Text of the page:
CLINTON, Tenn. The Museum of Appalachia is the best kind of museum. It hums with warmth and humor. Everything has a story. It’s the right size. It allows wandering. And it surprises. A glass eye! A hog kettle! And little handmade toys that will touch your heart.
With a collection amassed by one man, John Rice Irwin, it opened as a museum in 1969 and is now a nonprofit affiliated with the Smithsonian Institution. Historical cabins, barns, privy, loom house and blacksmith shop create the feel of a 19th-century farm and Appalachian village spread over 65 acres. A “hall of fame” building – my favorite – is stuffed with amazing things, each with a story.
Elaine Irwin Meyer, the founder’s daughter, says the museum was started as the outpouring of her schoolteacher dad’s “hobby gone crazy” – collecting Appalachian artifacts. It’s clear that John Irwin’s little hobby saved precious artifacts and buildings from the trash can or bulldozer.
Here are my favorites:
Mark Twain Family Cabin
This small, sturdy log cabin was originally in Possom Trot in nearby Fentress County. It was author Mark Twain’s parents’ cabin. He was born eight months after the family left Tennessee in 1835. Irwin tracked the cabin down after years of searching.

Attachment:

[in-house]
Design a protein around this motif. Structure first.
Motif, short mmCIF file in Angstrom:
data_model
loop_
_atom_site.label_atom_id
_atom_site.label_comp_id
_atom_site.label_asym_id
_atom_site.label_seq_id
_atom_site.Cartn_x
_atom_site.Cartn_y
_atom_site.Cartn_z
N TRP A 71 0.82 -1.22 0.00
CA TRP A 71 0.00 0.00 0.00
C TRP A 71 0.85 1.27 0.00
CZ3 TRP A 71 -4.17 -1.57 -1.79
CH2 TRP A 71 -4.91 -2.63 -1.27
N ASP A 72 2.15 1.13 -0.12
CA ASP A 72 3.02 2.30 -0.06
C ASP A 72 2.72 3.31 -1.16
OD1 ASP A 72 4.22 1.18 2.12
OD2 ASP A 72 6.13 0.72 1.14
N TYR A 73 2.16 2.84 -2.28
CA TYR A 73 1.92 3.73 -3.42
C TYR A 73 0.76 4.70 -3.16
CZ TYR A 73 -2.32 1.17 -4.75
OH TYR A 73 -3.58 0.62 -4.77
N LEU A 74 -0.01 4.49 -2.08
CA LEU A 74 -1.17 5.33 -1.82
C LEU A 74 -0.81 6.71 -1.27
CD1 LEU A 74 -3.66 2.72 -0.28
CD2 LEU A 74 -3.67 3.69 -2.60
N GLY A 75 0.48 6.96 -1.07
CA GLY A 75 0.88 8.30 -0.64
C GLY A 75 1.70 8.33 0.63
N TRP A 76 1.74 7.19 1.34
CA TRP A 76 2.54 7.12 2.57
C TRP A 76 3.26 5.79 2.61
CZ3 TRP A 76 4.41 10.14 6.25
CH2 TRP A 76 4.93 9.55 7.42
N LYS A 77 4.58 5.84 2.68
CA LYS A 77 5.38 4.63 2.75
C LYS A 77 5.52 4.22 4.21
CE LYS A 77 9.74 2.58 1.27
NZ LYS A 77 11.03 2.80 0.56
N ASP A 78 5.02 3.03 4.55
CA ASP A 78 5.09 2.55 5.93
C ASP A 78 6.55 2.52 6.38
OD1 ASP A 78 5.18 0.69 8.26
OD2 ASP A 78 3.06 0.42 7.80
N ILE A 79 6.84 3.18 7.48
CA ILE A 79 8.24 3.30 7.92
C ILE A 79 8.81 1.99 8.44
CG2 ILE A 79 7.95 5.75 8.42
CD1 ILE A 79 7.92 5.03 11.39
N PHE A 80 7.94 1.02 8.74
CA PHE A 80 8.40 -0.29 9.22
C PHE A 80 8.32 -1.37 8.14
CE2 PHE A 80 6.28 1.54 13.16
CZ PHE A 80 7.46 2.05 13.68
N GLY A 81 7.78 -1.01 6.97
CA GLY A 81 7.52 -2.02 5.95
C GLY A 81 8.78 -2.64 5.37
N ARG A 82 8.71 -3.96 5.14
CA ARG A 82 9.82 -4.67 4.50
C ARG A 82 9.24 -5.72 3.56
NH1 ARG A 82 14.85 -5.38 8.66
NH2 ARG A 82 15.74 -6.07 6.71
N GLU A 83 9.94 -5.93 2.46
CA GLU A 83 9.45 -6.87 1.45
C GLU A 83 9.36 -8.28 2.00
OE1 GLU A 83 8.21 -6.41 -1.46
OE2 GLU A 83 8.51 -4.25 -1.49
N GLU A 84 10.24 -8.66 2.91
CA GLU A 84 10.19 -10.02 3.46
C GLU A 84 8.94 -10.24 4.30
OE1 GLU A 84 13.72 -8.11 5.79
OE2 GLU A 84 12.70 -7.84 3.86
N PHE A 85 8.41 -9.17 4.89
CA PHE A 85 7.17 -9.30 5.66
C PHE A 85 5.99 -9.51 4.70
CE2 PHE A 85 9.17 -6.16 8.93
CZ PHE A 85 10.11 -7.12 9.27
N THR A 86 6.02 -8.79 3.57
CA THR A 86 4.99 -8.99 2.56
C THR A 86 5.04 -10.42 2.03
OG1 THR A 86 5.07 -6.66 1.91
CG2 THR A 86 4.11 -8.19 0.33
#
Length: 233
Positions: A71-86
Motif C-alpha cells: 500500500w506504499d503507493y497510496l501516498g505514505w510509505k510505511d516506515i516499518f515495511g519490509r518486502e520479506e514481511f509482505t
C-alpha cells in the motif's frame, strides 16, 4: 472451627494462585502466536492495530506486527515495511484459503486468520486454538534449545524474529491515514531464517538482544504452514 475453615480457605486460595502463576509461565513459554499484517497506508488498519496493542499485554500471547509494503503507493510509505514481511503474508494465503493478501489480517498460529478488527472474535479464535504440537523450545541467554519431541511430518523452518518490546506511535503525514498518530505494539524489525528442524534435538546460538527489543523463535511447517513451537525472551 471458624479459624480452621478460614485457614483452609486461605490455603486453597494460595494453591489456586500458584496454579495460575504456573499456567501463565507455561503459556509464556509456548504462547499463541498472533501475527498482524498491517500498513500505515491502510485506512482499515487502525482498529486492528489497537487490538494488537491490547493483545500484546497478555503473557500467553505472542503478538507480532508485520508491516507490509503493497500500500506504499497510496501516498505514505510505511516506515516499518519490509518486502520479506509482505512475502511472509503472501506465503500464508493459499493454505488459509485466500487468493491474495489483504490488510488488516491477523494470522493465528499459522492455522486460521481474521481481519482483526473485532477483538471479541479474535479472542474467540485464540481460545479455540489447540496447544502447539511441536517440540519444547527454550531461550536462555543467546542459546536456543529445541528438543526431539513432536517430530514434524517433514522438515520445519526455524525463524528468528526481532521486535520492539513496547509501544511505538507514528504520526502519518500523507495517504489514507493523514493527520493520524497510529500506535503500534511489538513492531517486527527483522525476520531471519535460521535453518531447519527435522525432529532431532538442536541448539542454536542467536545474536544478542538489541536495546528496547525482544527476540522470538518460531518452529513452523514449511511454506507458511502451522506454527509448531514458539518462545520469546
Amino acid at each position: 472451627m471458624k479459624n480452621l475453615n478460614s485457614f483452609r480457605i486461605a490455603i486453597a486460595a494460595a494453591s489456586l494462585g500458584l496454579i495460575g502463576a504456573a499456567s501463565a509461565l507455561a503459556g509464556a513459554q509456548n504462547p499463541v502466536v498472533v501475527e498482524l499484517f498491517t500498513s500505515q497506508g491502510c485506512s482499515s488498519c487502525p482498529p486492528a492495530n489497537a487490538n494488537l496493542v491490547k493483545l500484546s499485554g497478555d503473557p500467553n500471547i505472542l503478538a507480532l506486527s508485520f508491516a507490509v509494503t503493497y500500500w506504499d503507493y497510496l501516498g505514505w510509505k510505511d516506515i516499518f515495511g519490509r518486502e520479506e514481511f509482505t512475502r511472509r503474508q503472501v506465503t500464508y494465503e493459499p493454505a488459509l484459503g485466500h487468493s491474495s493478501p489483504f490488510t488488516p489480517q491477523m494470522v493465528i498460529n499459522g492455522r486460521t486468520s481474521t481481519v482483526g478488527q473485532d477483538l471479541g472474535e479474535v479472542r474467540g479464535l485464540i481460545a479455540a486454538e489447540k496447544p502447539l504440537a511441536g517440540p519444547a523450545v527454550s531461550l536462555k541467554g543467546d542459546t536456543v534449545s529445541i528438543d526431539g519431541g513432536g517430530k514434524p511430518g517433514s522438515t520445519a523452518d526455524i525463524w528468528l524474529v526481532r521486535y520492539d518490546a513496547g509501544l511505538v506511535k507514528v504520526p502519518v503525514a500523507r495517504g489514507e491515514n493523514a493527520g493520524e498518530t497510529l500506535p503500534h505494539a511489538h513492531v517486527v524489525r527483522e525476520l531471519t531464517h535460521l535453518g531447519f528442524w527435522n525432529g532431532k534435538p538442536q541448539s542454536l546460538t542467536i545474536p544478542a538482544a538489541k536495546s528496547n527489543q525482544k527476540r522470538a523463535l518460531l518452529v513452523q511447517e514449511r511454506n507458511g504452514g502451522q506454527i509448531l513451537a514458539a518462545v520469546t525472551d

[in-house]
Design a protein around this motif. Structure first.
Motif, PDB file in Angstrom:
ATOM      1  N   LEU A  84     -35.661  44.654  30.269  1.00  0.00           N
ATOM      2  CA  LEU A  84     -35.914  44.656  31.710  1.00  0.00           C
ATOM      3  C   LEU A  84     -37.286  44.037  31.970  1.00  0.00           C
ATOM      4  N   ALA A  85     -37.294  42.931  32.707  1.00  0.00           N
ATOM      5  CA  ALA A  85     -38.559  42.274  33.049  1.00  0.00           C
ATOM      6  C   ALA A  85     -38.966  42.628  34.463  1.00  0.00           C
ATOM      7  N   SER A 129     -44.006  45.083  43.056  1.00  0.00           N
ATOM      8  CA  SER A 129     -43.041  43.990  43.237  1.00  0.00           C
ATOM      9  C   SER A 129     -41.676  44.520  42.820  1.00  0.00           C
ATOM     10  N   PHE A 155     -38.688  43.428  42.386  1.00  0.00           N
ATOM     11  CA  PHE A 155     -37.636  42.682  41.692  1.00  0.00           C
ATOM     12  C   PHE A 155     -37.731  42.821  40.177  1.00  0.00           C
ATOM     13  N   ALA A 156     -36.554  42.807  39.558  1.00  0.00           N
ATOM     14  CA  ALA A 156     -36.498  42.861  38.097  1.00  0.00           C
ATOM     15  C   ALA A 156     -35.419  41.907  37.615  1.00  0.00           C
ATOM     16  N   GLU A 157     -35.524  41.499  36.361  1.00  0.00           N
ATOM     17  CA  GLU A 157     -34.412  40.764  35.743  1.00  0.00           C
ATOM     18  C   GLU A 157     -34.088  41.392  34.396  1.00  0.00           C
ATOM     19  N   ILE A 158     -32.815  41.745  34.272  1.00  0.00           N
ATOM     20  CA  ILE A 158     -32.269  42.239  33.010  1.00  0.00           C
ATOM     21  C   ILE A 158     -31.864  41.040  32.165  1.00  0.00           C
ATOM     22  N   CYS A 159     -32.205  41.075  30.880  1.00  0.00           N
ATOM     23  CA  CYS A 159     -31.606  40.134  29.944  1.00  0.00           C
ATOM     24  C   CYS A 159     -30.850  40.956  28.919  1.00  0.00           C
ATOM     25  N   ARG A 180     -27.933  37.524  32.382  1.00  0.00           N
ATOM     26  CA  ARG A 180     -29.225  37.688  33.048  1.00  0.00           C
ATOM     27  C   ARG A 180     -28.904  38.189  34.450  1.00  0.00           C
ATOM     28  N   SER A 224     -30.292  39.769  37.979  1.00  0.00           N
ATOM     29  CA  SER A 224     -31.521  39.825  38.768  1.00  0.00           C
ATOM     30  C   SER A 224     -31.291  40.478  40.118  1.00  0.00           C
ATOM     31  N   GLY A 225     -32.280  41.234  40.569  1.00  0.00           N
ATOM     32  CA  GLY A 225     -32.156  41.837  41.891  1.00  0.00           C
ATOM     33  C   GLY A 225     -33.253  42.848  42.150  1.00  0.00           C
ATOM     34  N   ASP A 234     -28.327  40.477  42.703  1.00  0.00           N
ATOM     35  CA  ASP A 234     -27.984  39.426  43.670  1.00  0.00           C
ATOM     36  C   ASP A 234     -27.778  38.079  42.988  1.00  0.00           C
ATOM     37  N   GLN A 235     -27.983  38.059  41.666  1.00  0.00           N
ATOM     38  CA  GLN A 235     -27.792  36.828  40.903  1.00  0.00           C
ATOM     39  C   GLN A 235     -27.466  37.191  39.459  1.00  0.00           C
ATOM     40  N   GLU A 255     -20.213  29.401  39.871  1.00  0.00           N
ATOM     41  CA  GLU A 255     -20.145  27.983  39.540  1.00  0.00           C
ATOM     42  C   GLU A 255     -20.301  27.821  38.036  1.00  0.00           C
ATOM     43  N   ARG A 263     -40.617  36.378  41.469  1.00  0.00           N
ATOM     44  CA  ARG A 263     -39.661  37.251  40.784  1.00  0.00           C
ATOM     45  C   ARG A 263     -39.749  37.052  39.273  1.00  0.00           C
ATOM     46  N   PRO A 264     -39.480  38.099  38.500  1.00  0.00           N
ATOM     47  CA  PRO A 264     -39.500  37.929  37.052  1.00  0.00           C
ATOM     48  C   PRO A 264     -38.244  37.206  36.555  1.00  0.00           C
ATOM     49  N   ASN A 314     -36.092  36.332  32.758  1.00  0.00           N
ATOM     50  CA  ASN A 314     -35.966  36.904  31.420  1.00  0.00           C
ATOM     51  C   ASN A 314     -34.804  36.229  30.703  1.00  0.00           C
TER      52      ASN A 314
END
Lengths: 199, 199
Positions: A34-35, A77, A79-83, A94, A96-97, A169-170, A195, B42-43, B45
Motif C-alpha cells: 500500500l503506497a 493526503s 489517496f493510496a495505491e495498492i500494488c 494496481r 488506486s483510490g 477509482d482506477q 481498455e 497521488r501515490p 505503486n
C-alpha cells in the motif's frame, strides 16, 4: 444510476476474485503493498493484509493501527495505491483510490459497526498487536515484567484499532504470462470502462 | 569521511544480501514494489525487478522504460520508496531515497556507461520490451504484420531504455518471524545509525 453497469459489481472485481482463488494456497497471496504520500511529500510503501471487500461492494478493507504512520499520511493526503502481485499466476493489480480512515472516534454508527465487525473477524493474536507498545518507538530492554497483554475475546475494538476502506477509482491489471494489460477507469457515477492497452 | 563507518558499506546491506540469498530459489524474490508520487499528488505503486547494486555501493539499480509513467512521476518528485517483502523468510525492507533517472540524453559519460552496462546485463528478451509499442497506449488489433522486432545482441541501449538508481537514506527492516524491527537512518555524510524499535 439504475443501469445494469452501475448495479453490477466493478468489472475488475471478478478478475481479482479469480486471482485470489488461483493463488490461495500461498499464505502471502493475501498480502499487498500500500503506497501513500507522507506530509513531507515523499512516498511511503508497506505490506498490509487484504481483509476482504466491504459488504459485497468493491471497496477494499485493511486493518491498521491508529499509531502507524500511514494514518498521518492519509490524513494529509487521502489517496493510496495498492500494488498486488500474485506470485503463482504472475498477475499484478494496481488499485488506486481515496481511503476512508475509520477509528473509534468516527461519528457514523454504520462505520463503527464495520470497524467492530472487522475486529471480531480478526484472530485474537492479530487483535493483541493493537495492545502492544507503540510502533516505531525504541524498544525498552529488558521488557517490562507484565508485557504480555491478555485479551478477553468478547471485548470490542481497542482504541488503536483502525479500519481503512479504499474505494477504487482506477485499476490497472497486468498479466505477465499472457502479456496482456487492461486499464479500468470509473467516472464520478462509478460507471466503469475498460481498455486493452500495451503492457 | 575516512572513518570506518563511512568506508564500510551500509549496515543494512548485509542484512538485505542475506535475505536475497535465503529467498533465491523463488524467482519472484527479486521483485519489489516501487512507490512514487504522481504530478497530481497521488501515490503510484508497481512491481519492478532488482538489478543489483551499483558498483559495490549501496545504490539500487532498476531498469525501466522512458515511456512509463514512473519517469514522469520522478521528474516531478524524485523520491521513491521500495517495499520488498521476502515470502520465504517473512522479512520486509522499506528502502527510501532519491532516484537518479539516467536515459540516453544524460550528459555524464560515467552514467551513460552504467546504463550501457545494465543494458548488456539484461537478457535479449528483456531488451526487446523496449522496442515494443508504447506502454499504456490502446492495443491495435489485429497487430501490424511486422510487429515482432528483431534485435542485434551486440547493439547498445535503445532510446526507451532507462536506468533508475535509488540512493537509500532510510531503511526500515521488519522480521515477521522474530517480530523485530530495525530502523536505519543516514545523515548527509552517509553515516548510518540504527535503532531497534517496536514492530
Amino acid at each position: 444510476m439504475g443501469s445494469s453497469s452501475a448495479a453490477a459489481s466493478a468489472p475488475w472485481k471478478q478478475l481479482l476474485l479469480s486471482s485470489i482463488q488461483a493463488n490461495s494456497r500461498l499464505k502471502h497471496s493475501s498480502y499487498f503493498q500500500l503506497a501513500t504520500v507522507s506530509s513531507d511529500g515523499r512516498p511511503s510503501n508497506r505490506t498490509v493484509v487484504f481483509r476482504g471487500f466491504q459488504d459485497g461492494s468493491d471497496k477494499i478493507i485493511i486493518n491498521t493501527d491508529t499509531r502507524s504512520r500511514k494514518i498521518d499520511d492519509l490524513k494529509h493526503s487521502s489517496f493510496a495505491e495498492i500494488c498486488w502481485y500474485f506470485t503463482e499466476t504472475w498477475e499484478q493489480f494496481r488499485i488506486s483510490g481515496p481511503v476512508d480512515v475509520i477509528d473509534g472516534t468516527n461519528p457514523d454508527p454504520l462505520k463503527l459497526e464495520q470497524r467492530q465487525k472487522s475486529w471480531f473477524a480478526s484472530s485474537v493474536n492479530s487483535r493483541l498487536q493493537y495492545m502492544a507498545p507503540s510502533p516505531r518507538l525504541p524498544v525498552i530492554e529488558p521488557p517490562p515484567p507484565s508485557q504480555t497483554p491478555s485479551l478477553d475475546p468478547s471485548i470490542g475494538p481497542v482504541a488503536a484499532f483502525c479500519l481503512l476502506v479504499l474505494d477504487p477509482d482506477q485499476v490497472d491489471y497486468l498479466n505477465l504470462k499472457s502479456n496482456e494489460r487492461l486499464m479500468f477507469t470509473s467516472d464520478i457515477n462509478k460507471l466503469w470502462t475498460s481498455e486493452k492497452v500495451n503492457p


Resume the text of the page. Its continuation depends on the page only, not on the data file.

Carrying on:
Gol Cooper’s glass eye
Gol Cooper, 6, was bending down to tie a shoelace in 1910 when it snapped, flinging the pocket knife in his hand into his left eye. His dad had a glass eye made that Gol wore the rest of his life. The family donated the eye and pocket knife to the museum after Gol died.
Loom House and Privy
The privy is a two-holer, fancy for the turn-of-the-century times. The loom house came from nearby Raccoon Valley. Some homesteads had a separate building for weaving and spinning, although most mountain women did their weaving at home.
Lord’s Prayer quilt
Dating from about the 1890s and made by “Granny” Irwin, this Victorian crazy quilt was used by the family only at Christmas. The Lord’s Prayer is embroidered in the center.
The stunning, huge Cherokee Rivercane Basket is evocative of Western North Carolina in the Great Smoky Mountains. The cane was dyed with bloodroot for the light design and butternut root for the dark.
“Ezra George’s Hog Scalding Kettle,” the sign says. The huge kettle has no date on it.
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